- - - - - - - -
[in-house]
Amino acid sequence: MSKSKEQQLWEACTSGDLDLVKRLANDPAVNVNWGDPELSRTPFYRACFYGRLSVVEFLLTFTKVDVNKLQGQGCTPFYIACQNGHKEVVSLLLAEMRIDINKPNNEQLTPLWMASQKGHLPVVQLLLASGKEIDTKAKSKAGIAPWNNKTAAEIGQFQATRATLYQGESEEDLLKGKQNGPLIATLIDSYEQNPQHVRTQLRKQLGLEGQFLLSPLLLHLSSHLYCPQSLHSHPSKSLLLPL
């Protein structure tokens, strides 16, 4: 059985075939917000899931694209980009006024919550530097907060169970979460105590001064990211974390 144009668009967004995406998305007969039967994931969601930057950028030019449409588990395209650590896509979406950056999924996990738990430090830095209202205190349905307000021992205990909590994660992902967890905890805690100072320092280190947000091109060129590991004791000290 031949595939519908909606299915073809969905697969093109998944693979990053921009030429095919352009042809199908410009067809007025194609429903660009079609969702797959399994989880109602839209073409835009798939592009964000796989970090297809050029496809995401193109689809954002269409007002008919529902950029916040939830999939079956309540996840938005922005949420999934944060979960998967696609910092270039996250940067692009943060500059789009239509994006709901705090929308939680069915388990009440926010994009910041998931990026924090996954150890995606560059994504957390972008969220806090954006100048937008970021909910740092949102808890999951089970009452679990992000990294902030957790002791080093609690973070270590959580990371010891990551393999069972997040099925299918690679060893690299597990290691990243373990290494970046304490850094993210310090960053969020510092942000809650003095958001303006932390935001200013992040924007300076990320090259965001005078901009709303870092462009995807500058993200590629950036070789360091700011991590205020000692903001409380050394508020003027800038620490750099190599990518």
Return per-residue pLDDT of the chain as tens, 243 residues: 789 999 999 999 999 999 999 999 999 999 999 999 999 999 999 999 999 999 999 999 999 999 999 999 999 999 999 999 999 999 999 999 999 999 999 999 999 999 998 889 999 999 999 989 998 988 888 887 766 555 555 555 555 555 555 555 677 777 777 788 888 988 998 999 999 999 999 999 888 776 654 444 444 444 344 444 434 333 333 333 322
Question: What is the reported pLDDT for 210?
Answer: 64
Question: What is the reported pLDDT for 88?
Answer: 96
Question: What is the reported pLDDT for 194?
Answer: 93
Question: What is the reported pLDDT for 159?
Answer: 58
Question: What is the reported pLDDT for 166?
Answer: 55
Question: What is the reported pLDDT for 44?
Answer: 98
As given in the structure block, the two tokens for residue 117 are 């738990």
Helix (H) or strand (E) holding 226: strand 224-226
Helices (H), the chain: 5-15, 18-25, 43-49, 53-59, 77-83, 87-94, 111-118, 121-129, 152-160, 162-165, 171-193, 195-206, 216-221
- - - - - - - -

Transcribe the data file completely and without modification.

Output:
[in-house]
Amino acid sequence: MSKSKEQQLWEACTSGDLDLVKRLANDPAVNVNWGDPELSRTPFYRACFYGRLSVVEFLLTFTKVDVNKLQGQGCTPFYIACQNGHKEVVSLLLAEMRIDINKPNNEQLTPLWMASQKGHLPVVQLLLASGKEIDTKAKSKAGIAPWNNKTAAEIGQFQATRATLYQGESEEDLLKGKQNGPLIATLIDSYEQNPQHVRTQLRKQLGLEGQFLLSPLLLHLSSHLYCPQSLHSHPSKSLLLPL
């Protein structure tokens, strides 16, 4: 059985075939917000899931694209980009006024919550530097907060169970979460105590001064990211974390 144009668009967004995406998305007969039967994931969601930057950028030019449409588990395209650590896509979406950056999924996990738990430090830095209202205190349905307000021992205990909590994660992902967890905890805690100072320092280190947000091109060129590991004791000290 031949595939519908909606299915073809969905697969093109998944693979990053921009030429095919352009042809199908410009067809007025194609429903660009079609969702797959399994989880109602839209073409835009798939592009964000796989970090297809050029496809995401193109689809954002269409007002008919529902950029916040939830999939079956309540996840938005922005949420999934944060979960998967696609910092270039996250940067692009943060500059789009239509994006709901705090929308939680069915388990009440926010994009910041998931990026924090996954150890995606560059994504957390972008969220806090954006100048937008970021909910740092949102808890999951089970009452679990992000990294902030957790002791080093609690973070270590959580990371010891990551393999069972997040099925299918690679060893690299597990290691990243373990290494970046304490850094993210310090960053969020510092942000809650003095958001303006932390935001200013992040924007300076990320090259965001005078901009709303870092462009995807500058993200590629950036070789360091700011991590205020000692903001409380050394508020003027800038620490750099190599990518």
Return per-residue pLDDT of the chain as tens, 243 residues: 789 999 999 999 999 999 999 999 999 999 999 999 999 999 999 999 999 999 999 999 999 999 999 999 999 999 999 999 999 999 999 999 999 999 999 999 999 999 998 889 999 999 999 989 998 988 888 887 766 555 555 555 555 555 555 555 677 777 777 788 888 988 998 999 999 999 999 999 888 776 654 444 444 444 344 444 434 333 333 333 322
Question: What is the reported pLDDT for 210?
Answer: 64
Question: What is the reported pLDDT for 88?
Answer: 96
Question: What is the reported pLDDT for 194?
Answer: 93
Question: What is the reported pLDDT for 159?
Answer: 58
Question: What is the reported pLDDT for 166?
Answer: 55
Question: What is the reported pLDDT for 44?
Answer: 98
As given in the structure block, the two tokens for residue 117 are 């738990």
Helix (H) or strand (E) holding 226: strand 224-226
Helices (H), the chain: 5-15, 18-25, 43-49, 53-59, 77-83, 87-94, 111-118, 121-129, 152-160, 162-165, 171-193, 195-206, 216-221